From the original post on this thread:

...a nice, concise list of the rules for double dactyls...

(1) The entire poem is a single sentence.
(2) There are two stanzas of four lines each.
(3) All lines except lines four and eight are two dactylic metrical feet in length.
(4) The first line is usually a rhyming nonsense phrase. For example, "Higgledy piggledy."
(5) The second line often, but not always, introduces the topic of the poem. If you are writing about a person, it helps if the name of the person you are writing about is naturally in the form of a double dactyl. For example, "Hans Christian Andersen."
(6) One line within the second stanza (often the sixth line) is a six-syllable, double-dactylic word, usually an adverb or adjective. For example, "Parthenogenesis."
(7) The fourth and eighth lines are not double dactyls. Instead, these lines consist of one dactyl plus a stressed syllable.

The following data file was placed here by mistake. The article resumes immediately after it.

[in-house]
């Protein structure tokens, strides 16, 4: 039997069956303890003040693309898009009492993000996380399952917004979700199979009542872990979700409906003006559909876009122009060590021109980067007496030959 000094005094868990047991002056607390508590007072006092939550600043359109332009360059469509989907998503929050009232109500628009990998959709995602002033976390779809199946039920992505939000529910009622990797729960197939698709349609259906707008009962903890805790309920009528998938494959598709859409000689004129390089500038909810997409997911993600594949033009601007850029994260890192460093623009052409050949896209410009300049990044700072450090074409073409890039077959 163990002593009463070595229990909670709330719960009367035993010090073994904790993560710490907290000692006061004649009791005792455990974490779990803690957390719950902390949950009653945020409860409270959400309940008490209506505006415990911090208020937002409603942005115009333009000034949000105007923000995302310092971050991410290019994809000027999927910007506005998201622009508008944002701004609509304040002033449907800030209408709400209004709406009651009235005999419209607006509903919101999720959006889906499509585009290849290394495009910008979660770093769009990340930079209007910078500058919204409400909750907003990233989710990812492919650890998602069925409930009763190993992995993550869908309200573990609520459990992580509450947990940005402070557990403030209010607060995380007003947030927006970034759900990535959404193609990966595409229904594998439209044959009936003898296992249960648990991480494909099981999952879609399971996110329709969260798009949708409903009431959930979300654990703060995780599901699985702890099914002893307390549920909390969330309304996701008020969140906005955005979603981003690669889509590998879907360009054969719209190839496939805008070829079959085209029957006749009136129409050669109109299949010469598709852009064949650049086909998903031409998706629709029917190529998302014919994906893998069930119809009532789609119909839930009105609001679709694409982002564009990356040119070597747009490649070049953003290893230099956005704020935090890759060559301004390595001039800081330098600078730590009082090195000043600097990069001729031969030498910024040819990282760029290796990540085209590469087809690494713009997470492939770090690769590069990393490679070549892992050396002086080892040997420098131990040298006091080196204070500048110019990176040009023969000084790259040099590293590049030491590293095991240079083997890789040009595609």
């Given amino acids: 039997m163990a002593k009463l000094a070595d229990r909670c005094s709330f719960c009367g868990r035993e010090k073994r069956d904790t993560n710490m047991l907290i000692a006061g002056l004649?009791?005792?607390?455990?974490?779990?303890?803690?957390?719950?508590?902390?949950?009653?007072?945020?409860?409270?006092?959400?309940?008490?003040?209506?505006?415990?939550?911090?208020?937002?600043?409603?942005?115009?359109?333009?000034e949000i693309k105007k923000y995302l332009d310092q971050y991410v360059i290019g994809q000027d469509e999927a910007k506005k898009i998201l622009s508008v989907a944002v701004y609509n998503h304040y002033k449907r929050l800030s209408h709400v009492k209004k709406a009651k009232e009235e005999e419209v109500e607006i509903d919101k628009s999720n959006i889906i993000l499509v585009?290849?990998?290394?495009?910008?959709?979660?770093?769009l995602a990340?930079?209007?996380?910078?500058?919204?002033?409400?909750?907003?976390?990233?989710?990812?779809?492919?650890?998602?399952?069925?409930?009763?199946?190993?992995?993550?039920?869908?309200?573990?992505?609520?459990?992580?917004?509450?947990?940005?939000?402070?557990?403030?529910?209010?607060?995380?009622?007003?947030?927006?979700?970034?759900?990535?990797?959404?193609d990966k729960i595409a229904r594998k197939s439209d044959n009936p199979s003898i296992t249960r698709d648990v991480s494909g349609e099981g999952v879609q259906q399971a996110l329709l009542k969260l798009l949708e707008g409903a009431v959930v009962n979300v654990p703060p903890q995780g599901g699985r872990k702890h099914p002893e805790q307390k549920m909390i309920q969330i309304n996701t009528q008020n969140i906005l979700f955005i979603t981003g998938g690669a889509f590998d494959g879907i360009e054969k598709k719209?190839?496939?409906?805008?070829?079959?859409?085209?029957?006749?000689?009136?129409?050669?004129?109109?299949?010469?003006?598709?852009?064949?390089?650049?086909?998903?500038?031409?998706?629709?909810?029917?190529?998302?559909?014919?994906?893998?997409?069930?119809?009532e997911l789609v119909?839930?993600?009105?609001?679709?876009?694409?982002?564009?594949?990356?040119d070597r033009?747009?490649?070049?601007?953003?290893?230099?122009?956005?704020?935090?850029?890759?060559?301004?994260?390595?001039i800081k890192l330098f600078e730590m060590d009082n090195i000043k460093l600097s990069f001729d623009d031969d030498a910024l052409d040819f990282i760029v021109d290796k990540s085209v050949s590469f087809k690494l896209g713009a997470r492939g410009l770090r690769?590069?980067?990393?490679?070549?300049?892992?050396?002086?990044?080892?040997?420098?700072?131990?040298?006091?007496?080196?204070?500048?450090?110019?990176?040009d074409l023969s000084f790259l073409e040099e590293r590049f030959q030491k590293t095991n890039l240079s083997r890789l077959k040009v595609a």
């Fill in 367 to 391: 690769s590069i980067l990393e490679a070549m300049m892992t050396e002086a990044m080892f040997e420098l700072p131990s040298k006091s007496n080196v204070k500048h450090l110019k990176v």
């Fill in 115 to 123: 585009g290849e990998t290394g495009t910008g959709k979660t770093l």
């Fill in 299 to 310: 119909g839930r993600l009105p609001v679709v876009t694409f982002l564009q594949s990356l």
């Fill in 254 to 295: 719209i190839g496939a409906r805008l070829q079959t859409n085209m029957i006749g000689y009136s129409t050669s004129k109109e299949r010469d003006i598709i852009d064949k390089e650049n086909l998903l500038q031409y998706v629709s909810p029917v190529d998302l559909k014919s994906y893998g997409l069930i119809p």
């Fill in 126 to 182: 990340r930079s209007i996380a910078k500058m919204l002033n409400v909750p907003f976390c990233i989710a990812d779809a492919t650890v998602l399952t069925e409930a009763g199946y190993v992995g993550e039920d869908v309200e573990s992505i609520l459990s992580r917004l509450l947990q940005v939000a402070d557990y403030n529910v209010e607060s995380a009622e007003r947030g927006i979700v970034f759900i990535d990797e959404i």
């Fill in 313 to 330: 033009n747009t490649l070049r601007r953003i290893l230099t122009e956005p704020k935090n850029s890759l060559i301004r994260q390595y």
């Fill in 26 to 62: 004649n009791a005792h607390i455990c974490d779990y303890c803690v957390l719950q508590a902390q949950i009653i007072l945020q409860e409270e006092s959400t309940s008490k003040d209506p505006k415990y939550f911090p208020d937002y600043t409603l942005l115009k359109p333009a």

(8) The fourth and eighth lines rhyme with one another. Given the special form of the fourth and eight lines as mentioned in the preceding rule, it follows that the final, rhyming syllable of these lines must be a stressed syllable.

Stanzas two; four lines each;
Start off with nonsense; all
Lines except Four and Eight:
Two-dactyl mix

Sixth line is often one
doubledactylic word
Rhyme Four and Eight, skip their
Counts five and six.

It's imperfect, and incomplete. Can we refine and improve ?